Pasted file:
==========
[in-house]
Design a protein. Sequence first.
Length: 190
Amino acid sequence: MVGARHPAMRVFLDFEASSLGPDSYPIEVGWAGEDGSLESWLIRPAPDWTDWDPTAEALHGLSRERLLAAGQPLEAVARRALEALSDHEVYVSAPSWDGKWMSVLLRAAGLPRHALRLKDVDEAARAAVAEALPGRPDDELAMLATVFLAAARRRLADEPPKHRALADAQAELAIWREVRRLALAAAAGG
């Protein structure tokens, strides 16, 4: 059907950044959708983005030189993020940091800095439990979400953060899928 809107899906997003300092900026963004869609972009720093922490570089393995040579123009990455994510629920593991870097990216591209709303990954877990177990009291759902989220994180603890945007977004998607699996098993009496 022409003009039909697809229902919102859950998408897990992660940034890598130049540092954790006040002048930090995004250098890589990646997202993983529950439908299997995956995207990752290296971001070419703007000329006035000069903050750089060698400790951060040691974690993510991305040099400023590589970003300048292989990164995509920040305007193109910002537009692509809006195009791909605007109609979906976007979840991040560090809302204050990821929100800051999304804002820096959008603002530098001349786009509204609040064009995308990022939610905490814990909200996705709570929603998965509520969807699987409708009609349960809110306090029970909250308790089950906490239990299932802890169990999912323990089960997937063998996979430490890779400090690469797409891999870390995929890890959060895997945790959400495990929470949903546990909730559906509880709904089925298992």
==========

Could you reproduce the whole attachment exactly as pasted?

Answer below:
[in-house]
Design a protein. Sequence first.
Length: 190
Amino acid sequence: MVGARHPAMRVFLDFEASSLGPDSYPIEVGWAGEDGSLESWLIRPAPDWTDWDPTAEALHGLSRERLLAAGQPLEAVARRALEALSDHEVYVSAPSWDGKWMSVLLRAAGLPRHALRLKDVDEAARAAVAEALPGRPDDELAMLATVFLAAARRRLADEPPKHRALADAQAELAIWREVRRLALAAAAGG
């Protein structure tokens, strides 16, 4: 059907950044959708983005030189993020940091800095439990979400953060899928 809107899906997003300092900026963004869609972009720093922490570089393995040579123009990455994510629920593991870097990216591209709303990954877990177990009291759902989220994180603890945007977004998607699996098993009496 022409003009039909697809229902919102859950998408897990992660940034890598130049540092954790006040002048930090995004250098890589990646997202993983529950439908299997995956995207990752290296971001070419703007000329006035000069903050750089060698400790951060040691974690993510991305040099400023590589970003300048292989990164995509920040305007193109910002537009692509809006195009791909605007109609979906976007979840991040560090809302204050990821929100800051999304804002820096959008603002530098001349786009509204609040064009995308990022939610905490814990909200996705709570929603998965509520969807699987409708009609349960809110306090029970909250308790089950906490239990299932802890169990999912323990089960997937063998996979430490890779400090690469797409891999870390995929890890959060895997945790959400495990929470949903546990909730559906509880709904089925298992």